A black hole-hunting Japanese satellite that disappeared last week has mysteriously surfaced again and made contact with ground control. The satellite was later found to have smashed apart into five separate pieces.
Japanese space agency JAXA lost contact with the Hitomi space probe on March 26, 2016, when the satellite was due to start operations.
The spacecraft, some of the spacecraft’s instruments were provided by NASA, the European Space Agency and the Canadian Space Agency, was later found to have smashed apart into five separate pieces, though the U.S. Air Force has found no evidence that the satellite was struck by debris.
The satellite later managed to send a few odd, new messages though these haven’t helped the ground crew to unravel the mystery of what happened.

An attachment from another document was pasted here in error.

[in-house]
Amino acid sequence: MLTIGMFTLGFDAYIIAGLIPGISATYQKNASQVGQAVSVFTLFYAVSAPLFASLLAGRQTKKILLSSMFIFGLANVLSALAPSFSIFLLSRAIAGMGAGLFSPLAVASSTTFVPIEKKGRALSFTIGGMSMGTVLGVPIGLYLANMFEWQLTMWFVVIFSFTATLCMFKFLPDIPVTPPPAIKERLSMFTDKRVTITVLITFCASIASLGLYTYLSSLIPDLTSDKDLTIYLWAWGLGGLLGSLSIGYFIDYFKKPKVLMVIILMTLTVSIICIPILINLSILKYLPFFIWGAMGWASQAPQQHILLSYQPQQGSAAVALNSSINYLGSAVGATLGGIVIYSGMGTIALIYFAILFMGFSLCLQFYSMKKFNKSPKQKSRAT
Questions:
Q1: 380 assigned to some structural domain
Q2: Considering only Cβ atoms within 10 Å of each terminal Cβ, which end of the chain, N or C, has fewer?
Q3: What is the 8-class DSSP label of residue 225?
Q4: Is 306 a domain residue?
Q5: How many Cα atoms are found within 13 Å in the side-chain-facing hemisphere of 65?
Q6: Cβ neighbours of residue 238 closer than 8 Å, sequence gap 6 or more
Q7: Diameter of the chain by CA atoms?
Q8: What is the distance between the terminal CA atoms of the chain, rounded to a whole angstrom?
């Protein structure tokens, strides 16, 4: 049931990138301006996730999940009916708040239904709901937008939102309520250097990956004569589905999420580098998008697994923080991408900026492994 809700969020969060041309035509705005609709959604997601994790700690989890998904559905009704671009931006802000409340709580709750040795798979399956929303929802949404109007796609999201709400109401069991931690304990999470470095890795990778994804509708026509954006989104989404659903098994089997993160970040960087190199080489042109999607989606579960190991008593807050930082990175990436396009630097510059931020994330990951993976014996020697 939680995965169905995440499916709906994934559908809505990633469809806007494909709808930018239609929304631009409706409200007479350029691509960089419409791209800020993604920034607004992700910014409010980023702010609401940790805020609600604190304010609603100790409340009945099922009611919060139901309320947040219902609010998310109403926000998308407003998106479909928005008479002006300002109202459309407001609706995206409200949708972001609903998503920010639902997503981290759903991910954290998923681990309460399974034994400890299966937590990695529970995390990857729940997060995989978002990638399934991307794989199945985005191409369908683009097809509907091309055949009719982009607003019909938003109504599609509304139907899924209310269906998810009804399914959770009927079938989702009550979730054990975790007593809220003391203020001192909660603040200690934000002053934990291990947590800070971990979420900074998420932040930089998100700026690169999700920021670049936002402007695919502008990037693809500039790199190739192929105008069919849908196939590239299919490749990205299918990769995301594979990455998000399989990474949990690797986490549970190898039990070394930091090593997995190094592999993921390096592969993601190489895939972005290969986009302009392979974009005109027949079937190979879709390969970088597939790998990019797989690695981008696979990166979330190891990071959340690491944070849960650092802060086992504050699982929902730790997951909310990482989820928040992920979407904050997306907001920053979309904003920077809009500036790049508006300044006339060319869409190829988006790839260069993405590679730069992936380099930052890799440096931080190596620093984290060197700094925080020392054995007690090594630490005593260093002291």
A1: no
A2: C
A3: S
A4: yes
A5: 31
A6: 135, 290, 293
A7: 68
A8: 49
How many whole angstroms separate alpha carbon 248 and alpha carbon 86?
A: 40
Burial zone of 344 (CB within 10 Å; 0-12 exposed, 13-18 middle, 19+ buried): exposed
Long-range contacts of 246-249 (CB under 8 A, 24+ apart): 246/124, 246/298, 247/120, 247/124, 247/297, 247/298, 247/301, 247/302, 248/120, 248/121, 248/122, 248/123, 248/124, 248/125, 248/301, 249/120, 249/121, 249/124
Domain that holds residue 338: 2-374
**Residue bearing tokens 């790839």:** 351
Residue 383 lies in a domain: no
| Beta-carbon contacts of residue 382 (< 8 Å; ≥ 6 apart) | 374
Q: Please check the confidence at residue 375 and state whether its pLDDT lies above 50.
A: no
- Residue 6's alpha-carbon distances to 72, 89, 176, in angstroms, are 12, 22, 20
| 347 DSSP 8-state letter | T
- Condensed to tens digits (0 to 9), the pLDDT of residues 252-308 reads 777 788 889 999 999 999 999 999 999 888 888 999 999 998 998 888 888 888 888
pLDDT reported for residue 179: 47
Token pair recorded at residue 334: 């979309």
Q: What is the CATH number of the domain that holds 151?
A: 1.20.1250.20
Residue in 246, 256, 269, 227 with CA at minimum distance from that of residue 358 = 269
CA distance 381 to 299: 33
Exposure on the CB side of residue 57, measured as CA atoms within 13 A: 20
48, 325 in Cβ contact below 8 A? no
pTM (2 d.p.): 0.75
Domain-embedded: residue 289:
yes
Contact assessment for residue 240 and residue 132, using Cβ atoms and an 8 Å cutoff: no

Before the launch, Japan described the satellite as “essential” to solving the key mysteries of the universe, such as the nature of black holes and the evolution of galaxies.
Since the Hitomi mission represents a major leap forward in terms of x-ray spectroscopy, essential to solving the key mysteries of the universe, we may wonder whether an extraterrestrial race has disabled the satellite because they do not want the human race uncover the secret of the universe.
Meanwhile, JAXA continues to investigate the anomaly but has not speculated on the cause of the malfunction.